Whale watching and dolphin spotting
The seas around the Caribbean are also a meeting place for humpback whales making their way to warmer waters during the winter months. January to March is considered the peak season for whales. Although you can go just about anywhere in the Caribbean for whale watching and dolphin spotting, Grenada, St Lucia and the Dominican Republic have the best reputation for regular sightings.
Under the water
Accessible by boat from Bequia, Petit St Vincent and Palm Island, in The Grenadines, Tobago Cays Marine Park is a group of five uninhabited islands and something of a tropical paradise. Snorkelling and diving at the barrier reef’s impressive corals or just swimming with the resident giant sea turtles is an unforgettable experience. Tobago Cays rarely feels overrun and offers some of the best, and most relaxing, snorkelling in the whole of the Caribbean. There are dozens of other great dive spots, including wrecks and reefs, throughout The Grenadines. Bequia’s pristine waters boast excellent diving opportunities. Most sites are on the western side, with over 30 sites in total, most easily accessible within a short boat ride. Sites range from shallow dives over colourful reefs to drift dives, cave dives, dramatic wall dives and wreck dives.
The warm waters and offshore reefs of St Lucia teem with colourful marine life. Dive highlights include the superb sites along the steep walls at the base of the Pitons, close to Sugar Beach and Anse Chastanet resorts, and a beach entry site at Anse Chastanet to a stunning coral wall which reaches depths of nearly 50 metres. There’s an intentionally sunk cargo vessel for wreck-diving off the south coast near Anse Cochon and the secluded Ti Kaye Resort & Spa, where snorkelers can also enjoy exploring the reefs.
Scuba diving in St Kitts
Grenada is considered to be the shipwreck capital of the Caribbean; a huge variety of wrecks including a luxury ocean liner. On the island’s west coast scuba divers swim around, and snorkellers swim above, the many life-size figures and objects installed on the ocean floor at Molinère Underwater Sculpture Park: perfect for beginners. There are numerous PADI dive centres and experienced divers can follow the strong currents and meet some very big fish at Twin Sisters near Isle-de-Ronde.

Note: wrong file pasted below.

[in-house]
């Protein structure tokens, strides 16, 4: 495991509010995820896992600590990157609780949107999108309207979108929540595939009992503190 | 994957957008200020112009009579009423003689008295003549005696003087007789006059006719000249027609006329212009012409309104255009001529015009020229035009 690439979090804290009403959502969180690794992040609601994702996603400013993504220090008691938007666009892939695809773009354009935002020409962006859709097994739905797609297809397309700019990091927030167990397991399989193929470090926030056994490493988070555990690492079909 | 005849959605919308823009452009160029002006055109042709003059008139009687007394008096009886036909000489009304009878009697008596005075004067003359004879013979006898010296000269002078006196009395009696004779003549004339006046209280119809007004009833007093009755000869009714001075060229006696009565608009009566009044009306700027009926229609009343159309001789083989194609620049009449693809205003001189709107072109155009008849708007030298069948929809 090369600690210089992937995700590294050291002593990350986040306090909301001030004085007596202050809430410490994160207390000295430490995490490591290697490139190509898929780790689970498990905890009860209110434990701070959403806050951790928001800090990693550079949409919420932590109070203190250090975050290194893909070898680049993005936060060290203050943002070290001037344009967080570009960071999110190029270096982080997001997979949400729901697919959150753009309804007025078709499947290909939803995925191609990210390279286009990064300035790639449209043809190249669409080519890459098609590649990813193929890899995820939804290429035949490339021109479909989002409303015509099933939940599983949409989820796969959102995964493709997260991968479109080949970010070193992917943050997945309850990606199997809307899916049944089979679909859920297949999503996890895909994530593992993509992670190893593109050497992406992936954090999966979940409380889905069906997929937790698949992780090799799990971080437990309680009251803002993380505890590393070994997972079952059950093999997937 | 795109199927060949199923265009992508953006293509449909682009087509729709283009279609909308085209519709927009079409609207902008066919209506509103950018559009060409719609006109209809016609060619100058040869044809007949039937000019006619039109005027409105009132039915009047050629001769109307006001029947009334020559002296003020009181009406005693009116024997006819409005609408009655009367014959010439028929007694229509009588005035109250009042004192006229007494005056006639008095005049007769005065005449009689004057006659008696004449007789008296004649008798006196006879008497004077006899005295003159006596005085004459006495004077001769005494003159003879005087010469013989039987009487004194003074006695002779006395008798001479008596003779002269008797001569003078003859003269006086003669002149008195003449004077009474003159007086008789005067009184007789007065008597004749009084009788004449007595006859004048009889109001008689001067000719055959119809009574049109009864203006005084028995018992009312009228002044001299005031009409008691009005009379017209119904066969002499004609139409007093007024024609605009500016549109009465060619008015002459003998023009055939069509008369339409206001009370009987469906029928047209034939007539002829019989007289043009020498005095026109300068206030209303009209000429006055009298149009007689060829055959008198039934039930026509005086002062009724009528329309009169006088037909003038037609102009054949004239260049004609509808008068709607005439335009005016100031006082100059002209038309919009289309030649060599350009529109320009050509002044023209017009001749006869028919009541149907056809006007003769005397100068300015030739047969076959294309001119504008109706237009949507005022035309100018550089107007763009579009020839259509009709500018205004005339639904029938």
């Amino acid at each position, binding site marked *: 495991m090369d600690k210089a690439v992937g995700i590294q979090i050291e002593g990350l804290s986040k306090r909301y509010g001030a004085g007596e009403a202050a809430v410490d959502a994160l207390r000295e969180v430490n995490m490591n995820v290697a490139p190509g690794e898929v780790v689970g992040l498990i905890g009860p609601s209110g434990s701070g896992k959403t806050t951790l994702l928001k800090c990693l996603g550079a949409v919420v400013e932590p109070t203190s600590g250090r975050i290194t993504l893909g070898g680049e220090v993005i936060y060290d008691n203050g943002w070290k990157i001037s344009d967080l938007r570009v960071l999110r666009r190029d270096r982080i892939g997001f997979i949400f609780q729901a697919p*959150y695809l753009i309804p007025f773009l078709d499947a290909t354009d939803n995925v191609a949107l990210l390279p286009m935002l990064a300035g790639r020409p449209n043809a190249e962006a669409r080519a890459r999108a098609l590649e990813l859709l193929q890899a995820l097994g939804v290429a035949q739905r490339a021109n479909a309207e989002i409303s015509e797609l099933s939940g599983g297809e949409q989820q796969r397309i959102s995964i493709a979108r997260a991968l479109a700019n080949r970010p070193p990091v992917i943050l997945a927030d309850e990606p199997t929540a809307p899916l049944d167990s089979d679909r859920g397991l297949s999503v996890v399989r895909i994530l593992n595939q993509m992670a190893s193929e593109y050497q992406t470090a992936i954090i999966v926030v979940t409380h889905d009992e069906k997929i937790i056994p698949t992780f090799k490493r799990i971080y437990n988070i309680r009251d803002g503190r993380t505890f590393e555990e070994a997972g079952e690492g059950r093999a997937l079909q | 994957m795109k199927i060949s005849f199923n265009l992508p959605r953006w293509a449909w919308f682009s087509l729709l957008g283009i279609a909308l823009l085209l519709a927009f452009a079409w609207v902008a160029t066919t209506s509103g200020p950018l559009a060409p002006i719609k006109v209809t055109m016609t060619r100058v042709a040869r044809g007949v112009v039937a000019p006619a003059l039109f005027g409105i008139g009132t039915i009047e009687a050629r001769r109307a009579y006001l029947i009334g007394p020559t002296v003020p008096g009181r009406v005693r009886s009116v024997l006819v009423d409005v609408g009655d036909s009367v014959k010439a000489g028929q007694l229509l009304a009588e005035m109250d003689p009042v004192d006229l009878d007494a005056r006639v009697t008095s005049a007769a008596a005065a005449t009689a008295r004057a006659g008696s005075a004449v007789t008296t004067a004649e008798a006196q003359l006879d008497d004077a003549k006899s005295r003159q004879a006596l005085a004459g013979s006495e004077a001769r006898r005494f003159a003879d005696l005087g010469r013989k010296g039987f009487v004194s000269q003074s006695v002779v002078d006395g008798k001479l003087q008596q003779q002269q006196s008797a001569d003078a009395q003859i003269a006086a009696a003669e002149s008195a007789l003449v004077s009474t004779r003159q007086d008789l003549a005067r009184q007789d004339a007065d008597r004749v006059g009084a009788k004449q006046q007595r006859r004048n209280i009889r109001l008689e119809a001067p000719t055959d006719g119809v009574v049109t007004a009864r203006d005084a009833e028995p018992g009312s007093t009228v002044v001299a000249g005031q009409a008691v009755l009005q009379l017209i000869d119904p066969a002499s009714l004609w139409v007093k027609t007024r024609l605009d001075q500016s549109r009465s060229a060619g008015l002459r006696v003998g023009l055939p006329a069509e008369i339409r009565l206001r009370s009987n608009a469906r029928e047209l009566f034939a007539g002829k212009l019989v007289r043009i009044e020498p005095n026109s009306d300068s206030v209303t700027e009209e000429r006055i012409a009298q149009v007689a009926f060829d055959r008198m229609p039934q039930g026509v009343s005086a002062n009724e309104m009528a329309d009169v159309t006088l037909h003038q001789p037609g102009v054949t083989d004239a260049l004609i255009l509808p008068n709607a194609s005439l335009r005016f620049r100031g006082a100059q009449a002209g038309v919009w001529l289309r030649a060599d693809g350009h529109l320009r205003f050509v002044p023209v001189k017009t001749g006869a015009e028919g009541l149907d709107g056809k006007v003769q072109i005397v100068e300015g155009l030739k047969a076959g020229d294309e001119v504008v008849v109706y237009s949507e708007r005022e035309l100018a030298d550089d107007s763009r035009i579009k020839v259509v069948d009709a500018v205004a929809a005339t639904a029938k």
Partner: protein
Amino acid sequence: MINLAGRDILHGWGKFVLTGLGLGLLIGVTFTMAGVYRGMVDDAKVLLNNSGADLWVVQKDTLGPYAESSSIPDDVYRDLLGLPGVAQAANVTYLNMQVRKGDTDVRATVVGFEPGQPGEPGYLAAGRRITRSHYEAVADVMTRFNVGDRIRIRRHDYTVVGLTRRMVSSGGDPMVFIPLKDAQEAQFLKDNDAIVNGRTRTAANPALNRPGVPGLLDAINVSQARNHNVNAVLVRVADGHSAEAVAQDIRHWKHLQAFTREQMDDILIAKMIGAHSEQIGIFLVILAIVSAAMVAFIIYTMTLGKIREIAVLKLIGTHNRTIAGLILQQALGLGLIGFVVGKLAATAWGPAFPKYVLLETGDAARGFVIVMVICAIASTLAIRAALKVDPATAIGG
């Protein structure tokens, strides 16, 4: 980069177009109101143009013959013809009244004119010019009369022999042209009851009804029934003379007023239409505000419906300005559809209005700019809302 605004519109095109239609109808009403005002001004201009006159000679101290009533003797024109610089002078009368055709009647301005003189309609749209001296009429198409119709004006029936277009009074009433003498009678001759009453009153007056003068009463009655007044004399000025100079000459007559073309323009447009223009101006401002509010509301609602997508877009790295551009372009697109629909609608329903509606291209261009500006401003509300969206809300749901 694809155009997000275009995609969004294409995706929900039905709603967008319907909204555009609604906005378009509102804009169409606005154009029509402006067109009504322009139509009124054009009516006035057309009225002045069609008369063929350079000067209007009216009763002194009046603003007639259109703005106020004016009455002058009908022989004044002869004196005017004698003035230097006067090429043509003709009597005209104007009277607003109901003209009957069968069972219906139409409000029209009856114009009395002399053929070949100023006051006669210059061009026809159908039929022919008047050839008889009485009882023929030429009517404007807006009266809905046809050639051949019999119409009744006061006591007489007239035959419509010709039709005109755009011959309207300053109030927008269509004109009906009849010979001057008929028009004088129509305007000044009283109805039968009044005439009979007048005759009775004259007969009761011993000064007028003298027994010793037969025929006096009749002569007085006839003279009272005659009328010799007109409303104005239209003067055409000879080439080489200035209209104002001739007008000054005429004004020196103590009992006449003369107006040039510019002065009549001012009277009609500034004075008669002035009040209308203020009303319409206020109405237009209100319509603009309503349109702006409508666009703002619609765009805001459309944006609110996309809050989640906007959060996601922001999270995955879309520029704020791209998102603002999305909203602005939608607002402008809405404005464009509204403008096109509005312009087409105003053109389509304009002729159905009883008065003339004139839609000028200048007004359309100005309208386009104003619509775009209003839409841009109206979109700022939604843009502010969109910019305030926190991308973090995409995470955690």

The coastline of Punta Cana, in the Dominican Republic, is home to the longest reef in the country. There is an exciting variety of dive environments from caves and canyons to shallow reefs and wrecks. Game fish, small sharks and rays are a common sight on the reefs and wrecks of this area. Nurse sharks are the most seen inhabitants and likely to be hiding in caverns and wrecks.
Barbados has crystal clear waters which boast around 40 sites for diving and snorkelling. Coral reefs teem with tropical fish. Carlisle Bay is the place for wreck diving; half a dozen can be explored on a single dive. An in-shore reef is within swimming distance of the west coast and is ideal for beginners. The waters of Antigua are home to Cades Reef, a particular favourite amongst divers, the reef stretches for several miles within a protected area and shelters plenty of sea creatures. Antigua also hosts the wreck of the Andes merchant ship, in shallow waters which give good light permeation. Between St Kitts & Nevis you can find Monkey Shoals, a gorgeous coral atoll with a whole square mile of reef and shallows to discover. Off St Kitts, see deep inside the hull of the wreck of merchant ship Taw and meet some very large sea creatures.
One of the Caribbean’s best swimming events, which takes place in late March, is the annual Nevis to St Kitts Cross Channel Swim. Participants cross the attractive 4km stretch of water between Oualie Beach on Nevis and Cockleshell Bay on St Kitts. Racers make the crossing in roughly an hour, more recreational swimmers take longer and are permitted fins and hand paddles. Swimming doesn’t have to be just in the sea. The Dominican Republic is known for its cenotes, natural pools of underground water exposed to the elements. These sinkholes make for truly memorable, refreshing swims. Try dipping more than just your toes into Scape Park’s Hoyo Azul, near Punta Cana.